Istanbul Pride lights cut after ultra-conservative backlash

#TurkeyPolitics

Turkish ministry cancels 'rainbow lights' display on Bosphorus bridge after opponents complain of 'perverted propaganda'

The diplay last only one evening (screengrab)
Suraj Sharma's picture
Last update: 
Monday 19 June 2017 11:31 UTC

ISTANBUL, Turkey – A celebration of LGBTI culture in Istanbul was cut short after just one evening after a vicious backlash from ultra conservatives over "perverted propaganda" and threats against the planned Istanbul Pride march. 

Istanbul’s first Bosphorus Bridge, renamed the 15 July Martyrs’ Bridge after last year’s failed coup attempt, was lit up on 18 June in the colours of the rainbow, a symbol adopted by the LGBTI movement.

The lighting of the bridge was seen as a nod to Istanbul Pride Week, starting on 19 June and running through 25 June, although no official statement to this effect was released by any department in charge of the bridge.

The backlash against the move was swift and vicious, particularly on social media.

One user wrote: "May Allah punish whoever engaged in this Perverted Propaganda on the 15 July Martyrs Bridge in the name of LGBT during the month of Ramadan."

Another wrote: "Last night the Bosphorus Bridge was lit in the colours symbolically used by the LGBT perverts. Pity.

The Istanbul municipality was quick to respond and deny responsibility for the lighting. In a series of messages on Twitter, the municipality stated the bridge is not part of its jurisdiction, including its lighting.

The Istanbul municipality said the bridge falls under the responsibility of the national highway authority, which operates under the transport ministry.

In its final message, the municipality said the issue had been resolved.

Translation: The subject has been discussed with the Highways general directorate and the lighting has been changed as depicted in the images.

Debate raged on social media and in the media over the weekend as to whether lighting up the bridge in rainbow colours was intentional and the motives behind it.

Some were quick to point the finger at Gulenists, followers of the US-based Muslim preacher Fethullah Gulen whom the authorities accuse of being behind last July’s coup attempt.

One prominent Turkish columnist even asked if this was retaliation by Istanbul’s beleaguered mayor who on Friday saw his son-in-law arrested for the second time for alleged financial links to Gulenists.

Others said the bureaucrats in the highway administration probably had no clue that the rainbow colours symbolised the LGBT movement.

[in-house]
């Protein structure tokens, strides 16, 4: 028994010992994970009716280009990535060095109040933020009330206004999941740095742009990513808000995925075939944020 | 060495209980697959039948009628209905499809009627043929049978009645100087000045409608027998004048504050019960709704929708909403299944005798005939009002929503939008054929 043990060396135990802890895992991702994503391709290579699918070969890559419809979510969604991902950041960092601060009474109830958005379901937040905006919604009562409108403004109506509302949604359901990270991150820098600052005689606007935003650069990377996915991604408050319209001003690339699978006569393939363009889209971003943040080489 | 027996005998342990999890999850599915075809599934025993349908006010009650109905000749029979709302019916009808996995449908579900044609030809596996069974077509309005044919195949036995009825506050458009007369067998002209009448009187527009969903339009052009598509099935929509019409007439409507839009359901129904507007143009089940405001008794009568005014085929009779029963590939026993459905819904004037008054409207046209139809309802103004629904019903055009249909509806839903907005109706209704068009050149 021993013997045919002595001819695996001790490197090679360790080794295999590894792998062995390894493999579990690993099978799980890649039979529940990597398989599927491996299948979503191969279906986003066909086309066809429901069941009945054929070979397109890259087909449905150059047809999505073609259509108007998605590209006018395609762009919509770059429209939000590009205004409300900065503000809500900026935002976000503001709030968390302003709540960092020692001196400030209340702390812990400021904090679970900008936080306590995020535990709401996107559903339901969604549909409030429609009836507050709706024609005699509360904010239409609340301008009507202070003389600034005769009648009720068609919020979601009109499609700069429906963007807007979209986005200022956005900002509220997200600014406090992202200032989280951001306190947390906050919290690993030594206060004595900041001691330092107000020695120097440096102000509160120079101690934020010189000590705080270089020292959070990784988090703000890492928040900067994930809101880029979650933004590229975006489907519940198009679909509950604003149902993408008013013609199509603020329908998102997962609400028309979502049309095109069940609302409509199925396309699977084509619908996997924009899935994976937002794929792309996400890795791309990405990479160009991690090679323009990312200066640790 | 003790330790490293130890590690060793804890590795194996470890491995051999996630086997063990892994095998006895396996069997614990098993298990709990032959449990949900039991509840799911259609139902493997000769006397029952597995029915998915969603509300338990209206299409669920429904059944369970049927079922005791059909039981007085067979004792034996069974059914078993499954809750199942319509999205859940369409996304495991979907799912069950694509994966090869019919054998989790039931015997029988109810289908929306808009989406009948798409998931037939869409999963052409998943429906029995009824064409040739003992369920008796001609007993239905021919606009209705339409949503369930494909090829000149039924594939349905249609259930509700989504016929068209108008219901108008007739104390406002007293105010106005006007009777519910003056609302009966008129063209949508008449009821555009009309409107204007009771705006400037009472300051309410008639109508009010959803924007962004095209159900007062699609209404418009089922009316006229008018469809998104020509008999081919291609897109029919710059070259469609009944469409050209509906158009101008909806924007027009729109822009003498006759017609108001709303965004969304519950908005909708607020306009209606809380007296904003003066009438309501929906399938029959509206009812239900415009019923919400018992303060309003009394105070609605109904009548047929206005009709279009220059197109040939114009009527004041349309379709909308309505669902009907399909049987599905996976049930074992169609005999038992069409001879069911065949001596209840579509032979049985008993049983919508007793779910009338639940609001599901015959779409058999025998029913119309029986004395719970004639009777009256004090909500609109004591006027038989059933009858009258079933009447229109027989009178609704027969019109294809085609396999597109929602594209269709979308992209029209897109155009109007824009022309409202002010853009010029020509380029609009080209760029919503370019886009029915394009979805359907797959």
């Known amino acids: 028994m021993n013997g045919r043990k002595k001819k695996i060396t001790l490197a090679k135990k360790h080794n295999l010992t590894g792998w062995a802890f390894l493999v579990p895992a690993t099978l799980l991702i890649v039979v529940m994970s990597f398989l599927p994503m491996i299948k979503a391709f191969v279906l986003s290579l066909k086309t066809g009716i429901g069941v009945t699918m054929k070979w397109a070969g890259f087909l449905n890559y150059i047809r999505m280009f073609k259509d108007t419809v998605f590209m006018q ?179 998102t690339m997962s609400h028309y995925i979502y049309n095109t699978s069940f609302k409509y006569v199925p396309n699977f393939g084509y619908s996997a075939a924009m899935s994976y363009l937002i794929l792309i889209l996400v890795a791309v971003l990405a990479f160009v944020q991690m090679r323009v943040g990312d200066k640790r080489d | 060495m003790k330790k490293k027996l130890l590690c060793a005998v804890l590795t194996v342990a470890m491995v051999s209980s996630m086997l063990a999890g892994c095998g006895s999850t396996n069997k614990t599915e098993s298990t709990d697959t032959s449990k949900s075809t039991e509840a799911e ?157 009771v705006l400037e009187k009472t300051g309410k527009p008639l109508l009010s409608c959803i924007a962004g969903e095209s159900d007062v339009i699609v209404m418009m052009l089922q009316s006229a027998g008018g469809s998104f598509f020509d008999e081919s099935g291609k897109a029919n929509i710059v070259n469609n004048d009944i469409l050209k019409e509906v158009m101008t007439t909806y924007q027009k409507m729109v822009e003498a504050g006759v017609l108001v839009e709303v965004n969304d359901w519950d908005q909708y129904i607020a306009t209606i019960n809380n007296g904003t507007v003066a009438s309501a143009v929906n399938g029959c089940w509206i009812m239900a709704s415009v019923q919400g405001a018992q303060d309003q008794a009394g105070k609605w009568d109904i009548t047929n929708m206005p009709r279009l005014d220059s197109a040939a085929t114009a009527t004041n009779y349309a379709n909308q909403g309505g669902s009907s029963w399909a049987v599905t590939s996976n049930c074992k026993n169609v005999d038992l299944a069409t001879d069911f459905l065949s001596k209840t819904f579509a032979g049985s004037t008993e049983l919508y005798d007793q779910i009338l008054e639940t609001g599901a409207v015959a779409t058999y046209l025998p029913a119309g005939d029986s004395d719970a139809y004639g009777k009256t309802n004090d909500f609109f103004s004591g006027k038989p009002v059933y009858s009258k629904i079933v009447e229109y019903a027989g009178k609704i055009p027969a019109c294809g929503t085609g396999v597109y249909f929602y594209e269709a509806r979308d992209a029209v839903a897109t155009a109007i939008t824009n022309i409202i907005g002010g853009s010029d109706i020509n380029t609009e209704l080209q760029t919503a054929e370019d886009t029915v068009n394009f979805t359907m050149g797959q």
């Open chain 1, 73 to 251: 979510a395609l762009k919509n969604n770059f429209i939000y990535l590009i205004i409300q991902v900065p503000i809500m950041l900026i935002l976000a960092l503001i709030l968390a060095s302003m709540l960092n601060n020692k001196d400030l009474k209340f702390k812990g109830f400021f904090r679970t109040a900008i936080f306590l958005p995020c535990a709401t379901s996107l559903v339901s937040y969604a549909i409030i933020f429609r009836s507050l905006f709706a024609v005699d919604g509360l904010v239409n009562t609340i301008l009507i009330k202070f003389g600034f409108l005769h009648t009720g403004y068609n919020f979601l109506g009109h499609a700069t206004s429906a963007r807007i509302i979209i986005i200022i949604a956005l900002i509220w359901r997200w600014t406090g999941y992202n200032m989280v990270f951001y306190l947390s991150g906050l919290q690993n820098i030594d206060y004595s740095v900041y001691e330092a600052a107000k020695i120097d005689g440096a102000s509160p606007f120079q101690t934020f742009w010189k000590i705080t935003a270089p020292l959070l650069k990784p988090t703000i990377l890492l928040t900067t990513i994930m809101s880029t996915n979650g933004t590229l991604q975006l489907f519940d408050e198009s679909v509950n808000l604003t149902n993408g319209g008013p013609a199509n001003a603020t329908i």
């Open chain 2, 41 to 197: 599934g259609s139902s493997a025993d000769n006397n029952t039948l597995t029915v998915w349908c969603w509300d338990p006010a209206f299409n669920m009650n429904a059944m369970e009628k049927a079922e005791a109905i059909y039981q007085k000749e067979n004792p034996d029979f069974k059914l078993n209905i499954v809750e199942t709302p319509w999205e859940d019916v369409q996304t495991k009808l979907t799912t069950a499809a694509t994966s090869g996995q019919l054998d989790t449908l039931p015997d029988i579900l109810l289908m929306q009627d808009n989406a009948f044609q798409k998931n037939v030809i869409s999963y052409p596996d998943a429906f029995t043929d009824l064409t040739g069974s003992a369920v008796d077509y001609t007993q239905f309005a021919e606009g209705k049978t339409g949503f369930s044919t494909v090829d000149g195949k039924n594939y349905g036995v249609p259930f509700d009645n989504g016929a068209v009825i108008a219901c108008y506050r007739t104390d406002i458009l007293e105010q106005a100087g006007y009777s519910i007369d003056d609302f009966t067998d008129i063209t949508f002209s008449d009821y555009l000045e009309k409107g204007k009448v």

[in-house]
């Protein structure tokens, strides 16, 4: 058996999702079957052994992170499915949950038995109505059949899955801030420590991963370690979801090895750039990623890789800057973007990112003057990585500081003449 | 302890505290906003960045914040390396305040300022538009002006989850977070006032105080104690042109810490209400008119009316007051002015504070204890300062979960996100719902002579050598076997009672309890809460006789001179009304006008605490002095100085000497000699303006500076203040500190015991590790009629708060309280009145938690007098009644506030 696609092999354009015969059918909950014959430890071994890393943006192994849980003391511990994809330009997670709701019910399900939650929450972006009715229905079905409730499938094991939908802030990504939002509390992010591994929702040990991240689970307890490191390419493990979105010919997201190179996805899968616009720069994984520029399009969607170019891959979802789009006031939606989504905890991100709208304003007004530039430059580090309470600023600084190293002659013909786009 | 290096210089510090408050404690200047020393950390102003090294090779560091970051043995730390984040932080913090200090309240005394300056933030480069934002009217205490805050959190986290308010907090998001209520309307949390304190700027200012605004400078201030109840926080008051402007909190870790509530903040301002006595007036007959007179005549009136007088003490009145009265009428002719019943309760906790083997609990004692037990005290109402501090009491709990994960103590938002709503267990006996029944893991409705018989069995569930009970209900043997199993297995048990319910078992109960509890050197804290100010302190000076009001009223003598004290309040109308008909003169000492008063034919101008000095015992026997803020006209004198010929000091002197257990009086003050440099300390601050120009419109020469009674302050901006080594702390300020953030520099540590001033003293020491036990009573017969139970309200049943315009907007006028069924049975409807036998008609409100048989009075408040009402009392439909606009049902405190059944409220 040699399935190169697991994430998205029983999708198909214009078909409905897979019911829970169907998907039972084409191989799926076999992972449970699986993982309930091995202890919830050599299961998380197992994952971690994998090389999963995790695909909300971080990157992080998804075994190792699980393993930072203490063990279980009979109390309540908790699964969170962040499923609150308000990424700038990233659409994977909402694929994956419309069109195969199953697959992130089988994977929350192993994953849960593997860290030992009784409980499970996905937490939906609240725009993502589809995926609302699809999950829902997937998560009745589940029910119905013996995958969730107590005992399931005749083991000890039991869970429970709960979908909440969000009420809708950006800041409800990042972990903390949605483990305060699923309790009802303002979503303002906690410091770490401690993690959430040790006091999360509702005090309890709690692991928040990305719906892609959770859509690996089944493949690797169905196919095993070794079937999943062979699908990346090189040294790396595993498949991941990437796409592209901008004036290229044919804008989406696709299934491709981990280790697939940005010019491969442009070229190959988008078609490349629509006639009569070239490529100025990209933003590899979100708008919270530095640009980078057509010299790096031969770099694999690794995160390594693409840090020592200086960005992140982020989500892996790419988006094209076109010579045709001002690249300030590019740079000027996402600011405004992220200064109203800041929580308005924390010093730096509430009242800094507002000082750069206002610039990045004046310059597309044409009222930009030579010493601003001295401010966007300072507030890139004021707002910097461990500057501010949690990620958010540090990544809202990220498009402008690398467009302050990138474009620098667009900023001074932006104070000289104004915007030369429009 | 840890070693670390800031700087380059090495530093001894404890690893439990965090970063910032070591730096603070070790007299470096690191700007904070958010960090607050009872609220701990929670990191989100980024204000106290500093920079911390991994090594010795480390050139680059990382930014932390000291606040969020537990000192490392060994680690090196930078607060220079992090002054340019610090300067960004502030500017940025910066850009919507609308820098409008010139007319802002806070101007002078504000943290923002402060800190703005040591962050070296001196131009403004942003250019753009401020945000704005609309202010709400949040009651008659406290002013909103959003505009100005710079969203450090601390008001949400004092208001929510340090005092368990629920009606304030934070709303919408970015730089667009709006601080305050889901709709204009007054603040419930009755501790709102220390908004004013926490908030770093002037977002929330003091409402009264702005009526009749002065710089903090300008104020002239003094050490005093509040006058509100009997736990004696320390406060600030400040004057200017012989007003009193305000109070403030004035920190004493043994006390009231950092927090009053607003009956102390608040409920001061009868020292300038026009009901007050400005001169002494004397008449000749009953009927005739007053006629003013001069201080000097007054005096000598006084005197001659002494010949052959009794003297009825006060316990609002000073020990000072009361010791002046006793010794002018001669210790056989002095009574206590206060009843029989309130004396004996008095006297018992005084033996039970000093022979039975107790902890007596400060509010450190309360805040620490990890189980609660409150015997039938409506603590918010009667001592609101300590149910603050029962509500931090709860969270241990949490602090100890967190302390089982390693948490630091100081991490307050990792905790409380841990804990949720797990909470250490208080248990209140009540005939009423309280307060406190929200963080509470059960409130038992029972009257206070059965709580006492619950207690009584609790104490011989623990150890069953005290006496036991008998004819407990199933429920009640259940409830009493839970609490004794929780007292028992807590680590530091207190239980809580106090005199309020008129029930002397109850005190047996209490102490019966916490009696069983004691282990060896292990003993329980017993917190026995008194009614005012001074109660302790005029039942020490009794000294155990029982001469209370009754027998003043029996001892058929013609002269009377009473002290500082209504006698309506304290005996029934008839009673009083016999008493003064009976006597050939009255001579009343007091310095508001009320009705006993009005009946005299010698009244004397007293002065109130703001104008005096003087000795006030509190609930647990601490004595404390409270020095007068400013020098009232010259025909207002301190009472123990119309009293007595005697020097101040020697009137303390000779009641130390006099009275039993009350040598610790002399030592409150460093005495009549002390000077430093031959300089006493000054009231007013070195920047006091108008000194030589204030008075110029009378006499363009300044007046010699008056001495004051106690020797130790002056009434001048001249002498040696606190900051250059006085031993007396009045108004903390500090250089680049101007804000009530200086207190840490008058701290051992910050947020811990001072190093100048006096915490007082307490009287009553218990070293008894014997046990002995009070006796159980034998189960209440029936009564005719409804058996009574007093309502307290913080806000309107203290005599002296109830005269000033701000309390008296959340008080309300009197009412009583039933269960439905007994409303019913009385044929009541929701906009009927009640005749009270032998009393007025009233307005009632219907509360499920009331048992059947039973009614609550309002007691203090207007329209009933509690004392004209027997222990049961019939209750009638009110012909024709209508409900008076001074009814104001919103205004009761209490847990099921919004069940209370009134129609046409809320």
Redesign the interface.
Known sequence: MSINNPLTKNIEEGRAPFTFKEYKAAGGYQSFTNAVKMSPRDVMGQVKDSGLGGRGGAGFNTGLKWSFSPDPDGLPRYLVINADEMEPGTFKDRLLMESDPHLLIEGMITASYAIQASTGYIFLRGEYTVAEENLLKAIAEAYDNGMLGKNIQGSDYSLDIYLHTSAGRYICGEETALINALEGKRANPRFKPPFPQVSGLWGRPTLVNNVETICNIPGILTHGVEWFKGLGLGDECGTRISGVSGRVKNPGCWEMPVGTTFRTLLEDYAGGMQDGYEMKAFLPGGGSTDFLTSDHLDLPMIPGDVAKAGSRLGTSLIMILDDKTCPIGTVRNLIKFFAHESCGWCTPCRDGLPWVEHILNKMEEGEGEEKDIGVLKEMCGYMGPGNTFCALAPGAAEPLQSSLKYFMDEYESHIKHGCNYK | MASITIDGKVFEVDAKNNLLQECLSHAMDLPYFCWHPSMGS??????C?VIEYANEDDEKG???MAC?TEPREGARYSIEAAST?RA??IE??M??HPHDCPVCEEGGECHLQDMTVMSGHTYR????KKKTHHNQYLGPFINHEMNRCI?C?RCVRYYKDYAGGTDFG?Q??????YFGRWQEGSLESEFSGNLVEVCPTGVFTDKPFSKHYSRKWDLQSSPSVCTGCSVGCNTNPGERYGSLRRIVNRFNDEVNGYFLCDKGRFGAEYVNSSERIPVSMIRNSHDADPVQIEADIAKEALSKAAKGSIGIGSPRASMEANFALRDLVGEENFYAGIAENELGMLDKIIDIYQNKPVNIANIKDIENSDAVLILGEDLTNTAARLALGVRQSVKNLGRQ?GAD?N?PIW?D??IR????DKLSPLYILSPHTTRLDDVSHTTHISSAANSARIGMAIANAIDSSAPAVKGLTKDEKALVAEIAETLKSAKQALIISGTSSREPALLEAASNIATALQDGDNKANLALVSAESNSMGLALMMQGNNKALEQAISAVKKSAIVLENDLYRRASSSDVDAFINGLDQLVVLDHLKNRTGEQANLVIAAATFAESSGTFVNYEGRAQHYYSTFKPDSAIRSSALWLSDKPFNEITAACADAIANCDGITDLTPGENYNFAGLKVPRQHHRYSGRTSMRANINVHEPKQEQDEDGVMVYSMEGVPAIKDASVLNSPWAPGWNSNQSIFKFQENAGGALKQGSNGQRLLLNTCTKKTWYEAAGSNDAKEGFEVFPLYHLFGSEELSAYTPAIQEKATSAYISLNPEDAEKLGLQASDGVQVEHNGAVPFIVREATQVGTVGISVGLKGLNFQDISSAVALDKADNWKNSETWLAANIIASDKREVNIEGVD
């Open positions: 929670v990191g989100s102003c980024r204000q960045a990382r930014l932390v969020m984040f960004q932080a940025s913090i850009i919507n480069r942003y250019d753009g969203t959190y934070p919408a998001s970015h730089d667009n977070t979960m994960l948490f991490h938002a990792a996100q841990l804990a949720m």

From applause to condemnation

The Istanbul Pride march started being held in 1993 but really took off in 2003, reflecting Turkey’s growing acceptance of diverse views and lifestyles.

Although unimaginable in most of Anatolia, the event flourished in Turkey’s major urban centres with the Istanbul march drawing ever larger crowds in the city’s most famous gathering spot Istiklal Avenue since 2003.

Istanbul Pride events attracted tens of thousands of participants from 2010 to 2014, with the Turkish authorities even earning praise from the European Union in 2014 for ensuring that the large gathering was held without incident despite it coinciding with the Muslim holy month of Ramadan.

Ramadan falls on different dates in the Gregorian calendar each year since the Islamic Hijri calendar is based on the lunar cycle.

In 2015, the Istanbul governor’s office denied permission for the march. Police used water cannon and tear gas to disperse marchers who had gathered regardless.

Permission for Istanbul Pride events continues to be refused.

Observers say the denial of permission to hold Pride events and the increasing vitriol against the LGBT community on social media reflects the increasingly intolerant nature of the country’s current leadership.

In the last few years, Turkey’s fall from being highly praised to strongly criticised has been drastic.

In terms of LGBT rights and issues Turkey was the recipient of high praise until 2014 for being the host of the biggest gay pride event in the Muslim world. The government has never officially sanctioned these events but was lauded for ensuring the safety of participants.  

While homosexuality is not a crime in Turkey, homophobia remains widespread.

Istanbul Pride organisers had not commented on the lighting up of the Bosphorus Bridge.

They have, however, vowed to defy this year’s ban as well and make themselves heard and seen on the streets.

The Pride Istanbul website is currently running a crowd funding programme to finance its events this year and using one of its popular slogans: "We are here, we are not leaving, get used to it!"

Meanwhile, the Istanbul chief of an ultra-nationalist group has threatened to attack any pride participants.

"Whatever happens we will in no way allow this march to proceed. We have to prevent such immorality or else it will seriously spread," Kursat Mican of the Alperen Hearths group 

told a local broadcaster. 

"We will not allow this, we won’t let them march even if the state allows them to."

"We will go to whichever area they go to stop them. If we want to we will find 200,000 people to stop them."